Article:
New Cambodia? Conflict-ravaged Manipur turns illegal arms trade hub
The security forces could recover only 1,195 weapons and 14,322 ammunition till August 5 | Representative image

New Cambodia? Conflict-ravaged Manipur turns illegal arms trade hub

Over 4,000 weapons and 6 lakh rounds of ammunition have been looted from police stations and armories since violence broke out in the state

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The worst apprehension of the Indian security establishment, that Manipur would turn into a “new Cambodia” as a hub for illegal arms trade, seems to be coming true.

The security apparatus was faced with the emerging reality following the recent arrest of an important functionary of the NSCN (IM) accused of “gun-running”. “The arrested functionary has been identified as Shiningson Chilhang, a self-styled captain of the NSCN (IM),” Public Relations Officer (PRO) Defence, Kohima-Imphal, said on Thursday.

Shiningson Chilhang, a self-styled captain of the NSCN (IM)

He said the arrest was made earlier this week after an operation was launched by a joint team comprising columns from the Assam Rifles, the Army and Manipur police, based on specific intelligence in Sawombung area of Imphal East district. One 9 mm carbine with five live rounds was recovered from him, the PRO added.

Looted weapons on sale

During interrogation, Chilhang disclosed that he had procured the carbine and ammunition, which were looted from the police armory, for Rs 3 lakh from a valley-based person, another officer told The Federal, sharing his video statement. However, the identity of the seller has not been divulged.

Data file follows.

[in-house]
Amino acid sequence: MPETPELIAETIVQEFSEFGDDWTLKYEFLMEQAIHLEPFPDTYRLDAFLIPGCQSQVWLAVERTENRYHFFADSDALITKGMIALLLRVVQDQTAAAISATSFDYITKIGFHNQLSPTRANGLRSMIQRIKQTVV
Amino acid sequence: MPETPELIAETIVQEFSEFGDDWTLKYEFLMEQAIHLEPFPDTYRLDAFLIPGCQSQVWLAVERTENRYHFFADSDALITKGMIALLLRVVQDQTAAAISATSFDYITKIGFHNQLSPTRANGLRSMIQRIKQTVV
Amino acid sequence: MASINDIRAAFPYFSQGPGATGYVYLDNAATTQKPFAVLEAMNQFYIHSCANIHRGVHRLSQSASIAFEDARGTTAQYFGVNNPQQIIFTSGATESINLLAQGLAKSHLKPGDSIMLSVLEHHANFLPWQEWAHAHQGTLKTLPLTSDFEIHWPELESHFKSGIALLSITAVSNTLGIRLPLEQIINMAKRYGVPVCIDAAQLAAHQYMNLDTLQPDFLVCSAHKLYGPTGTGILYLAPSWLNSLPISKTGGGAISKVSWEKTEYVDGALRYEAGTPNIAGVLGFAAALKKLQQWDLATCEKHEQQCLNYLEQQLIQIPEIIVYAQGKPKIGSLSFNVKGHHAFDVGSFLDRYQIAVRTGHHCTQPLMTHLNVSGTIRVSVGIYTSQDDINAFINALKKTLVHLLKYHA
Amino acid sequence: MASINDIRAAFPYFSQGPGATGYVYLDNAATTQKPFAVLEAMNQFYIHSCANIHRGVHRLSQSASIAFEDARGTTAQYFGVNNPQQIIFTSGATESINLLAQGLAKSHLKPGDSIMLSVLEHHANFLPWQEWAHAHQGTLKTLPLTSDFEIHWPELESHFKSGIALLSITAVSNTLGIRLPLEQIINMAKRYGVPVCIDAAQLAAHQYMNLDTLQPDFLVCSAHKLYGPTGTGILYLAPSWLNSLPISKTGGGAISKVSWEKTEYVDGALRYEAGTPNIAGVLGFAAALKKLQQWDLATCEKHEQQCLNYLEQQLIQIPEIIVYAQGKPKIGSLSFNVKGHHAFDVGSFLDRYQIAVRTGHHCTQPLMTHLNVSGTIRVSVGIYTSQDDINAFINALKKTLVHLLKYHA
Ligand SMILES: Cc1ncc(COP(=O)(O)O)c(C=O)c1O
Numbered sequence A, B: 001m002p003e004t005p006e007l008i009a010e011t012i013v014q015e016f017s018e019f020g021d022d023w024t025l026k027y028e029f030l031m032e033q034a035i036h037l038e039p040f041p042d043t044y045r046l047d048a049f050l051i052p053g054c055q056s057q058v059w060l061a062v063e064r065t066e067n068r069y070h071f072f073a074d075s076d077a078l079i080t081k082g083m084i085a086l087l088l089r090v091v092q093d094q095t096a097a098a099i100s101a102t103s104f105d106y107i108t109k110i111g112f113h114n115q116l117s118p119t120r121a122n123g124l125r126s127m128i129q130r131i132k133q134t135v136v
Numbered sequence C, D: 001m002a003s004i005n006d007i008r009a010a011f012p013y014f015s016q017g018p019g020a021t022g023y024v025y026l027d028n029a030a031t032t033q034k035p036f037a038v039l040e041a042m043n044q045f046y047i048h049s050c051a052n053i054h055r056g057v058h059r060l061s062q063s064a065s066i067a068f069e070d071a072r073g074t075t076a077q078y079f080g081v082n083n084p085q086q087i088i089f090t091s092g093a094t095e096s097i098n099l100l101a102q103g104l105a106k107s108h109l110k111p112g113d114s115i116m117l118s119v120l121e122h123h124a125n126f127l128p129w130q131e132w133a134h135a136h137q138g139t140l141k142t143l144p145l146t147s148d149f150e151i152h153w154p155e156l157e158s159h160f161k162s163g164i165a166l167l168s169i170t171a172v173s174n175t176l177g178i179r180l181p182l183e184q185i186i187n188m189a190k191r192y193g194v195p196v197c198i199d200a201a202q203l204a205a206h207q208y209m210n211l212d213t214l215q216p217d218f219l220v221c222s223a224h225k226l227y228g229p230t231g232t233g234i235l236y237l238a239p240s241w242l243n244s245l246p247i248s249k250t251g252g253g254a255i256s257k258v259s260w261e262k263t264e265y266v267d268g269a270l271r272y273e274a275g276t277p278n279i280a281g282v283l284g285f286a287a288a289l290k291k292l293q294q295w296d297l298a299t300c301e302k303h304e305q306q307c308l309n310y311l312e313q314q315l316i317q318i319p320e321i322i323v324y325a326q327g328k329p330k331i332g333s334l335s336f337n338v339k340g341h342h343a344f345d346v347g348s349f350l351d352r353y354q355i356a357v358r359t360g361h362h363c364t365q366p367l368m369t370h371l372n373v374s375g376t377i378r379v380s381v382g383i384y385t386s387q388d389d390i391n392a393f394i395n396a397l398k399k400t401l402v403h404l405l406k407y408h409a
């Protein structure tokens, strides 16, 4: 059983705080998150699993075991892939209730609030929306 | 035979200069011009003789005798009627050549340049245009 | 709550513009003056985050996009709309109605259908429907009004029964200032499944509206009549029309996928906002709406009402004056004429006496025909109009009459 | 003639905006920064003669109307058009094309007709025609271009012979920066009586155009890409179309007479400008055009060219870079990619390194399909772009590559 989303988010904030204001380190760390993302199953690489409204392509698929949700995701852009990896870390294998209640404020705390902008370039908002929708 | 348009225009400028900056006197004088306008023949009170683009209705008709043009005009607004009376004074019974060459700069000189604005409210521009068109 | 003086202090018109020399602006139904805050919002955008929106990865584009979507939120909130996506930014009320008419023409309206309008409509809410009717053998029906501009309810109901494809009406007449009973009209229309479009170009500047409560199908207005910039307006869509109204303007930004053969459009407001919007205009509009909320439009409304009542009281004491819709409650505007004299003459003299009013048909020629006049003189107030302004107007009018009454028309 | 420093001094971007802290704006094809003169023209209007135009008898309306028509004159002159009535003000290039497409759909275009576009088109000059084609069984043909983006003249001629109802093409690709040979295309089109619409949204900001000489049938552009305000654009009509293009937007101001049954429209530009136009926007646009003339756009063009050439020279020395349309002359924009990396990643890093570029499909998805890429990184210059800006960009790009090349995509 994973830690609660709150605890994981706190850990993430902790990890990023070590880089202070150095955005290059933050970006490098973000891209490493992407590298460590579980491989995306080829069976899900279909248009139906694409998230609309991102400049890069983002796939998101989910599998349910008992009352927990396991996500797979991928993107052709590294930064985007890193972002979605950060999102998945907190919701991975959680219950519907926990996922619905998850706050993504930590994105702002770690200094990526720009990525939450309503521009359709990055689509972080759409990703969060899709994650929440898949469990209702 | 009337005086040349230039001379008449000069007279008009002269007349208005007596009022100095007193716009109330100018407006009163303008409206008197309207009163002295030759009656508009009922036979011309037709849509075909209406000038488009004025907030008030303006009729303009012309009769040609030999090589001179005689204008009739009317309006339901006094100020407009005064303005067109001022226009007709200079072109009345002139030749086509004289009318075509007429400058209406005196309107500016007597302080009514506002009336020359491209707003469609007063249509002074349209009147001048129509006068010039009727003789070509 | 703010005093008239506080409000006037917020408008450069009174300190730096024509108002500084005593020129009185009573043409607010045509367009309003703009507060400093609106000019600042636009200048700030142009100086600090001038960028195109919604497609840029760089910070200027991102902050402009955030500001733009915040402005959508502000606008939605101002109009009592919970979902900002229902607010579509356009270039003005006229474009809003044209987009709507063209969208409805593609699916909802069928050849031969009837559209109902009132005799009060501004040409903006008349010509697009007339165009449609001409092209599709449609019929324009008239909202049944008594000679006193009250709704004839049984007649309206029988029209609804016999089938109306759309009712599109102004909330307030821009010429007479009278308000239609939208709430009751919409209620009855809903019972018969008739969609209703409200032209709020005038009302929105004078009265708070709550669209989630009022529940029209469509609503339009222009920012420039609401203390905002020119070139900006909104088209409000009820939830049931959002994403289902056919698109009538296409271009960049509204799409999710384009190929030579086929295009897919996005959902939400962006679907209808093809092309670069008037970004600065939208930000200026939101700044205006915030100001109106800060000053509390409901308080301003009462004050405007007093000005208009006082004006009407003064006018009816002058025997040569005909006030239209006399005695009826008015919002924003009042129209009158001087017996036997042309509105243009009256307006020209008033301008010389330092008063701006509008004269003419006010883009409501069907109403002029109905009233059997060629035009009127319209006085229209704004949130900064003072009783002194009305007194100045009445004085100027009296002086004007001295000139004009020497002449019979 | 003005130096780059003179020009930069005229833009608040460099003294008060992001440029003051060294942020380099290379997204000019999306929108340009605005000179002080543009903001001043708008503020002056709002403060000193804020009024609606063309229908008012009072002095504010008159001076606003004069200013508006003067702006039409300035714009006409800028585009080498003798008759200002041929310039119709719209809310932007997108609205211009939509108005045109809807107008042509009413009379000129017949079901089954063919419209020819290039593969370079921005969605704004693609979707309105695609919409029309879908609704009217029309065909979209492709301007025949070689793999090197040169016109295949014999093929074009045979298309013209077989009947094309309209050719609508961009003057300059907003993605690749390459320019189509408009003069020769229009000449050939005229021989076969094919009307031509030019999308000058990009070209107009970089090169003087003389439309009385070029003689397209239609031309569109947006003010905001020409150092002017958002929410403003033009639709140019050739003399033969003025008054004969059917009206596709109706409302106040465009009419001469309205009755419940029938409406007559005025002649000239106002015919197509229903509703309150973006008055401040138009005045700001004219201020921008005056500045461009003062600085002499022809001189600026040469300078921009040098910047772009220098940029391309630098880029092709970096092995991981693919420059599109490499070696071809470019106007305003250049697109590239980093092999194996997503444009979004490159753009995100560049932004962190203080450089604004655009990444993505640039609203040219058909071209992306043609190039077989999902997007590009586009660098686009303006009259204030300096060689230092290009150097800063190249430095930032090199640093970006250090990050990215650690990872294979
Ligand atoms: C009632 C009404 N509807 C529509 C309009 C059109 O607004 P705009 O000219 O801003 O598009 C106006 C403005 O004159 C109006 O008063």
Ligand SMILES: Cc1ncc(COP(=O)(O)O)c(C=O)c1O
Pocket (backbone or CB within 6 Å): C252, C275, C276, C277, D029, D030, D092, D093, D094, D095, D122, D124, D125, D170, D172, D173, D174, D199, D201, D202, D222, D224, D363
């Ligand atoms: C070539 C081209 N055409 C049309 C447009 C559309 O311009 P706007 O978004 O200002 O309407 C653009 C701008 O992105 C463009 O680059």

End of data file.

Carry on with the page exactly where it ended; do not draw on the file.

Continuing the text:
The Assam Rifles was “discreetly monitoring and tracking” his movement as he had a past record of gun running, informed the defence sources. The police and the central forces operating in Manipur have been getting tip-offs about looted arms being sold to various militant outfits active in Manipur as well as other northeastern states, they further revealed.

According to them, last week’s arrest and recovery were just the tip of the iceberg. The volume of trade is much bigger. Over 4,000 sophisticated weapons and six lakh rounds of ammunition have been looted by mobs from police stations and armories since ethnic violence broke out in the state on May 3.

The security forces could recover only 1,195 weapons and 14,322 ammunition till August 5, according to a Manipur police press note. The number of weapons available with the civilians is enough to raise an army brigade.

Unprecedented scenario

“The situation in Manipur is unprecedented and we have never faced anything of this kind. The biggest challenge has been the large number of weapons with both communities — Meiteis and Kukis. The society has been weaponised,” Director General of Assam Rifles Lt Gen Pradeep Chandran Nair told media in Shillong on Friday (September 1).

“The conflict-ravaged Manipur has turned into a hub of illegal arms trade. In that sense it has almost become a new Cambodia,” observed Lt Gen (retired) John Ranjan Mukherjee, who had commanded a brigade and a division in the North East. He is currently the president of Kolkata-based security think tank Centre for Eastern and North Eastern Regional Studies Kolkata (CENERS-K).